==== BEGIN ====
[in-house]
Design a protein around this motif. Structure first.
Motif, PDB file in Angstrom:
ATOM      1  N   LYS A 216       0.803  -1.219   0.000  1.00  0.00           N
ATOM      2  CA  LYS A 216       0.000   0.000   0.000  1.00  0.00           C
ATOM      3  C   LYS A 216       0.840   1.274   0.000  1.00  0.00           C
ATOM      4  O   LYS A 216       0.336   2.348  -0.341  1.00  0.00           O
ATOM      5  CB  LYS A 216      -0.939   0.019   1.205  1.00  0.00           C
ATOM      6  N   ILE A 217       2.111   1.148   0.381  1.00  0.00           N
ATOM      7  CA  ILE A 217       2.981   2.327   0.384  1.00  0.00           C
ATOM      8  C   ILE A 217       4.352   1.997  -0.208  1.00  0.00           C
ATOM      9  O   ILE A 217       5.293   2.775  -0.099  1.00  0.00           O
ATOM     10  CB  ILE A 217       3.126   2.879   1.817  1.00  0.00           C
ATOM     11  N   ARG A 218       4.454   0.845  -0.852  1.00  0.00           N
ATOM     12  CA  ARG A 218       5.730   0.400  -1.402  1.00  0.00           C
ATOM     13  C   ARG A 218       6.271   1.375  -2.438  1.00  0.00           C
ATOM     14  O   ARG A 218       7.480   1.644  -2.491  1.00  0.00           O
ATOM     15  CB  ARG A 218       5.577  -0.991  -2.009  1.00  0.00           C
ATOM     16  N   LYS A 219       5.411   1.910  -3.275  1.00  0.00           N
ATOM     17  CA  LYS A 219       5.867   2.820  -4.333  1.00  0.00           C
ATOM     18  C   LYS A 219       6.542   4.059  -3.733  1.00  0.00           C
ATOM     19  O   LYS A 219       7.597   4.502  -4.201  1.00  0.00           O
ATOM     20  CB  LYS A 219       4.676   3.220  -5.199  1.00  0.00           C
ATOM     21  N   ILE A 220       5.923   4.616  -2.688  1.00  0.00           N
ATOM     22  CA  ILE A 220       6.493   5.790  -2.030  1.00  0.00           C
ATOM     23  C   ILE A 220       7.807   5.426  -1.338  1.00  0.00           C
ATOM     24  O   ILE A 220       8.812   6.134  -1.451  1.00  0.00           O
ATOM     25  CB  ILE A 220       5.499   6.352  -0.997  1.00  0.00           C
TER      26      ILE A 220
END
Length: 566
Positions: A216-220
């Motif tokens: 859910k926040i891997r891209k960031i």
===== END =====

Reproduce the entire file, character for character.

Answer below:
[in-house]
Design a protein around this motif. Structure first.
Motif, PDB file in Angstrom:
ATOM      1  N   LYS A 216       0.803  -1.219   0.000  1.00  0.00           N
ATOM      2  CA  LYS A 216       0.000   0.000   0.000  1.00  0.00           C
ATOM      3  C   LYS A 216       0.840   1.274   0.000  1.00  0.00           C
ATOM      4  O   LYS A 216       0.336   2.348  -0.341  1.00  0.00           O
ATOM      5  CB  LYS A 216      -0.939   0.019   1.205  1.00  0.00           C
ATOM      6  N   ILE A 217       2.111   1.148   0.381  1.00  0.00           N
ATOM      7  CA  ILE A 217       2.981   2.327   0.384  1.00  0.00           C
ATOM      8  C   ILE A 217       4.352   1.997  -0.208  1.00  0.00           C
ATOM      9  O   ILE A 217       5.293   2.775  -0.099  1.00  0.00           O
ATOM     10  CB  ILE A 217       3.126   2.879   1.817  1.00  0.00           C
ATOM     11  N   ARG A 218       4.454   0.845  -0.852  1.00  0.00           N
ATOM     12  CA  ARG A 218       5.730   0.400  -1.402  1.00  0.00           C
ATOM     13  C   ARG A 218       6.271   1.375  -2.438  1.00  0.00           C
ATOM     14  O   ARG A 218       7.480   1.644  -2.491  1.00  0.00           O
ATOM     15  CB  ARG A 218       5.577  -0.991  -2.009  1.00  0.00           C
ATOM     16  N   LYS A 219       5.411   1.910  -3.275  1.00  0.00           N
ATOM     17  CA  LYS A 219       5.867   2.820  -4.333  1.00  0.00           C
ATOM     18  C   LYS A 219       6.542   4.059  -3.733  1.00  0.00           C
ATOM     19  O   LYS A 219       7.597   4.502  -4.201  1.00  0.00           O
ATOM     20  CB  LYS A 219       4.676   3.220  -5.199  1.00  0.00           C
ATOM     21  N   ILE A 220       5.923   4.616  -2.688  1.00  0.00           N
ATOM     22  CA  ILE A 220       6.493   5.790  -2.030  1.00  0.00           C
ATOM     23  C   ILE A 220       7.807   5.426  -1.338  1.00  0.00           C
ATOM     24  O   ILE A 220       8.812   6.134  -1.451  1.00  0.00           O
ATOM     25  CB  ILE A 220       5.499   6.352  -0.997  1.00  0.00           C
TER      26      ILE A 220
END
Length: 566
Positions: A216-220
């Motif tokens: 859910k926040i891997r891209k960031i």